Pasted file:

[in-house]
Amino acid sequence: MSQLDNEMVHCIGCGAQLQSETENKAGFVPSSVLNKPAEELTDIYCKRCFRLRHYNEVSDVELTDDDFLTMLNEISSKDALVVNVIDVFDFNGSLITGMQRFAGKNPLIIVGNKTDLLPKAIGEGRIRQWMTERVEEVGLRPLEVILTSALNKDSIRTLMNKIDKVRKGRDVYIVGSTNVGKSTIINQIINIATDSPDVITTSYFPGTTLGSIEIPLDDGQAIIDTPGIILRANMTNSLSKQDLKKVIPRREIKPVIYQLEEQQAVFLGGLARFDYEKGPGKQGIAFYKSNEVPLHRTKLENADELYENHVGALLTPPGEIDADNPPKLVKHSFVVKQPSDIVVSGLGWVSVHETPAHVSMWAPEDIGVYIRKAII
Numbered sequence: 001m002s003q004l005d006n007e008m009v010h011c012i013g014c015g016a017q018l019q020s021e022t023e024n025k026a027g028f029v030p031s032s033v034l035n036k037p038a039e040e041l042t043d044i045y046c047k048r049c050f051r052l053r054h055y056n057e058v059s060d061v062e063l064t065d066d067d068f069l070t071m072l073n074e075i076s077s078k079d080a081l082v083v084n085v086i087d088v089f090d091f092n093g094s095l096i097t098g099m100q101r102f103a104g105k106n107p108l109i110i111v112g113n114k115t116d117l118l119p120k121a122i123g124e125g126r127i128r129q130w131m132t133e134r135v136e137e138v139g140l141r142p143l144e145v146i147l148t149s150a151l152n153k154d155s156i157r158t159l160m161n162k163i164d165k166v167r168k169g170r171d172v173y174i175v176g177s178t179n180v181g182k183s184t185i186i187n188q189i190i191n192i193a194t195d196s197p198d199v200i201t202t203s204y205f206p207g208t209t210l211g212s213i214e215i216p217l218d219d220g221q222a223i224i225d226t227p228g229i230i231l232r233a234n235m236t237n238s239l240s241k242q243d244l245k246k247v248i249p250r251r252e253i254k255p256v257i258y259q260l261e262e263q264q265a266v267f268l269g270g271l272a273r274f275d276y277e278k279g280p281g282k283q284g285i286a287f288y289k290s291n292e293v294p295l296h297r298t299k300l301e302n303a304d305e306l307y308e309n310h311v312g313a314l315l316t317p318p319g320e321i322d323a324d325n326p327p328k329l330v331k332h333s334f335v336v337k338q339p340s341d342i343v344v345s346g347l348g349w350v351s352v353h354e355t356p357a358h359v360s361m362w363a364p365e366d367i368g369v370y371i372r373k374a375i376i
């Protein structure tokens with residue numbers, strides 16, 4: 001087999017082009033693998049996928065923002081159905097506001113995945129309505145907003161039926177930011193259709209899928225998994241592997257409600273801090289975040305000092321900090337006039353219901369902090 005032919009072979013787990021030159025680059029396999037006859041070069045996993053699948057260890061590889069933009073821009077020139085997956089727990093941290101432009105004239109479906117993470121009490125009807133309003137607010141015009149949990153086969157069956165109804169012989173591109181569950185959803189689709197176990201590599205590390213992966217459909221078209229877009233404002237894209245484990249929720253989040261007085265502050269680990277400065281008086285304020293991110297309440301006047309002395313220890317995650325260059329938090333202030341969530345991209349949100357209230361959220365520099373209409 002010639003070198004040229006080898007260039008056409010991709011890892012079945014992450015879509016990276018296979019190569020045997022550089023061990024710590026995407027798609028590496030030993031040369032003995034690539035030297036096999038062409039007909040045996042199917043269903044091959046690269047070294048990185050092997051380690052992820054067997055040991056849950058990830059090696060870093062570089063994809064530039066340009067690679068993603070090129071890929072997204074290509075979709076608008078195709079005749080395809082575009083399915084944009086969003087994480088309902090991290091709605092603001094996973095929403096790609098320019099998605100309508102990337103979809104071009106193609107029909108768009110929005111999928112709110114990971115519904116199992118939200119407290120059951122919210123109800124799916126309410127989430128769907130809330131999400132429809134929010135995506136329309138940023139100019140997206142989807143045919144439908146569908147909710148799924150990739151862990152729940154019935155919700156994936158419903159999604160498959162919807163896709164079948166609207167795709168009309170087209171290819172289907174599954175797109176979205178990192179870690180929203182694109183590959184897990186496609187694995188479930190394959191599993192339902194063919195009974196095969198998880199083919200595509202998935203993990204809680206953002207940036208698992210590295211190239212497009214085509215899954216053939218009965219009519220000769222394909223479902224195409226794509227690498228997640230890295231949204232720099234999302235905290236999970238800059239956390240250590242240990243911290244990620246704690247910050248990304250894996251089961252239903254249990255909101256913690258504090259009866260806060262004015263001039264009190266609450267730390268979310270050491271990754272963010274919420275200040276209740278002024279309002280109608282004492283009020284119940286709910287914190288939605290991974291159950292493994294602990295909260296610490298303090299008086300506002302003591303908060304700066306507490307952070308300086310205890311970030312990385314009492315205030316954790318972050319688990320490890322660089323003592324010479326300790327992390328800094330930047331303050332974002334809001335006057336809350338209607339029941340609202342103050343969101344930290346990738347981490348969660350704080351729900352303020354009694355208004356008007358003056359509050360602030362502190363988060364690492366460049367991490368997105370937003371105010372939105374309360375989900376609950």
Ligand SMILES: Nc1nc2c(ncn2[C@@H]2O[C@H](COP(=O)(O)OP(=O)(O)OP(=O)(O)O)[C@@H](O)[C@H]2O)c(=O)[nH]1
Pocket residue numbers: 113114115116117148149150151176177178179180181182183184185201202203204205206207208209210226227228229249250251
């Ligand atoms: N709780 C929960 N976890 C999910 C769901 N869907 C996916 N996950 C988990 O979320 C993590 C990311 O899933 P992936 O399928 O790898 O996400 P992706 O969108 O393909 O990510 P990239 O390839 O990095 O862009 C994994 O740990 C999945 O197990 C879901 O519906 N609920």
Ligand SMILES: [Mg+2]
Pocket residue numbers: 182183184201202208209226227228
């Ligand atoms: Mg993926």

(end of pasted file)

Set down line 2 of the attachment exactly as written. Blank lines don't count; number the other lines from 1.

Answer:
Amino acid sequence: MSQLDNEMVHCIGCGAQLQSETENKAGFVPSSVLNKPAEELTDIYCKRCFRLRHYNEVSDVELTDDDFLTMLNEISSKDALVVNVIDVFDFNGSLITGMQRFAGKNPLIIVGNKTDLLPKAIGEGRIRQWMTERVEEVGLRPLEVILTSALNKDSIRTLMNKIDKVRKGRDVYIVGSTNVGKSTIINQIINIATDSPDVITTSYFPGTTLGSIEIPLDDGQAIIDTPGIILRANMTNSLSKQDLKKVIPRREIKPVIYQLEEQQAVFLGGLARFDYEKGPGKQGIAFYKSNEVPLHRTKLENADELYENHVGALLTPPGEIDADNPPKLVKHSFVVKQPSDIVVSGLGWVSVHETPAHVSMWAPEDIGVYIRKAII